If you had to sum up England’s loss against the West Indies at the Wankhede Stadium on Wednesday night, it would be “pulverised”. For that was exactly hat it was when Chris Gayle came into the elements with the bat in hand, smashing a 47-ball 100 not out as his side chased the more-than-competitive target of 182 with 6 wickets in hand and 11 balls to spare.
It was pure entertainment for the few fans that had turned up venue who had experienced disappointment only the previous night when they saw India losing to New Zealand in the opening night of the Super 10s in the ICC World T20 2016.
This was the 36-year-old Jamaican’s second T20 hundred of his World T20 career, thereby making him only the first player to cross the mark twice in the history of the gala event.
There were all the usual facets that one see in a Gayle innings last night, but one particular aspect that stood out for me was the way he played the spin of Moeen Ali and Adil Rashid. Both bowlers received severe treatment from the left-hander and some of the sixes weren't only towering, but aslo proper, clean cricketing strokes.
The over where he hit Ali for 22 runs, saw 3 blows cross the boundary, each of whom was straight over the bowler’s head and were correct cricketing shots. The final three words of the last sentence is something you don't necessarily associate with Gayle, but it is an indication of how batsman have evolved and understood better ways of not just scoring runs, but also look to develop a sense of consistency into their play.
With someone like Gayle, footwork was always never an area of importance, it was always power and bat swing that mattered. However, encouragingly, last night, he looked to maintain his shape, especially while hitting the ball down the ground, the former also an area where he didn't seem to give a lot of thought in the past.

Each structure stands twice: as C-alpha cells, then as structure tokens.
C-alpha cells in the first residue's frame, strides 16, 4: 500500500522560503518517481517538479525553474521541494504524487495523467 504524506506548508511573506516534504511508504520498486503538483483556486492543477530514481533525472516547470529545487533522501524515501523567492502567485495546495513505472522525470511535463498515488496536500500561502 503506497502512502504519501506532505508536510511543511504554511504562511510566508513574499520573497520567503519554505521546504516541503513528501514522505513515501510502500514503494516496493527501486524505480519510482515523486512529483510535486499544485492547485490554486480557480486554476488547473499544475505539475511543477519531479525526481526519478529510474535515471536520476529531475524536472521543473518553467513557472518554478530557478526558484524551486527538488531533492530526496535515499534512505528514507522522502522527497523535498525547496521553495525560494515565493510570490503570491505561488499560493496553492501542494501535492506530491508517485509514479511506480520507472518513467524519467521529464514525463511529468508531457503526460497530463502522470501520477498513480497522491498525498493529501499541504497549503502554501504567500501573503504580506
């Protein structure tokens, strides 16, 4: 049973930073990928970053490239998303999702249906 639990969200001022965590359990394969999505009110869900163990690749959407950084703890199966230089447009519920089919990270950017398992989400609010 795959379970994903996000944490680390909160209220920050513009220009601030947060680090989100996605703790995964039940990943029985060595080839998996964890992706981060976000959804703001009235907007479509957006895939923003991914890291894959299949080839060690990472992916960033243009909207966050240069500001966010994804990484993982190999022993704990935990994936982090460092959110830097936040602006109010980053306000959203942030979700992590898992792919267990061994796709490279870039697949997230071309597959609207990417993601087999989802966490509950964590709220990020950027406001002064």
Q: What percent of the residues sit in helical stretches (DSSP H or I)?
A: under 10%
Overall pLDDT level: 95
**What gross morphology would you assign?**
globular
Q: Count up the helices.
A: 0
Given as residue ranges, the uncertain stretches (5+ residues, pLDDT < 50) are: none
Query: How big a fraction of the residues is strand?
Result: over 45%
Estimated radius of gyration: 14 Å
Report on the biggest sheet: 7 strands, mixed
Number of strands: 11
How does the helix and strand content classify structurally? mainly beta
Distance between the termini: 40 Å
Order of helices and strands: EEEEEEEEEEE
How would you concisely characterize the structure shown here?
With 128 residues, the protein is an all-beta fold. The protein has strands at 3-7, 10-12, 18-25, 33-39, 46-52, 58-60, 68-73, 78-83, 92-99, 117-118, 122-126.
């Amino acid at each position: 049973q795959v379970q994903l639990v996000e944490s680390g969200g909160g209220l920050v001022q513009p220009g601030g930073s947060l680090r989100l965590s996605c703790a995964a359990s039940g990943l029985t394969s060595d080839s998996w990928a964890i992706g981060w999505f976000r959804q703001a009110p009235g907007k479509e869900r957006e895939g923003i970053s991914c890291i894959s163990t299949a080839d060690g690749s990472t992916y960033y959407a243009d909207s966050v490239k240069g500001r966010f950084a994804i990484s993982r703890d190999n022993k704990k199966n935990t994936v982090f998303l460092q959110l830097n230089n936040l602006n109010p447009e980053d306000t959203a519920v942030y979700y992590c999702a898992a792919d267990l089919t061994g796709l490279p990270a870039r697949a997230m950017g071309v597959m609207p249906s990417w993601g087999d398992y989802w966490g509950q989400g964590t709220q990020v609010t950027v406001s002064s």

Most good players in the modern game also adopt a similar approach. Virat Kohli from India is a fine example of someone who fetches runs by not slogging but by playing shots that gets him runs in both Tests and 50-over format and it was evident in the innings against Pakistan in the Asia Cup last month, when some of the cover-driving seemed just like the ones he would play in any other format- a simple extension of the front foot defense with a slightly horizontal bat and allowing the timing to do the rest.
The fact that the some of today’s batsmen are looking to play proper shots to get runs in T20s is even more commendable if you consider the wide range of angles they have manipulated now as compared to a few years ago. Its just shows that they are willing to trust the basics, and not necessarily play the wild slog from ball one.
The ploy to get runs by playing conventional cricketing shots was perhaps first seen in Rahul Dravid, who in that disastrous opening season of the Indian Premier League(IPL) was one of the few bright spots for the Royal Challengers Bangalore and he got most of his runs by playing authentic cricketing shots. People didn't consider it to be right style of playing, some even were surprised how he got runs with that mindset.
But it didn't deter him and even in a later interview, he maintained that there were enough opportunities available on the field to get runs if one plays correct cricketing shots. It now seems like that line-of-thought is being followed by the rest of the world as well.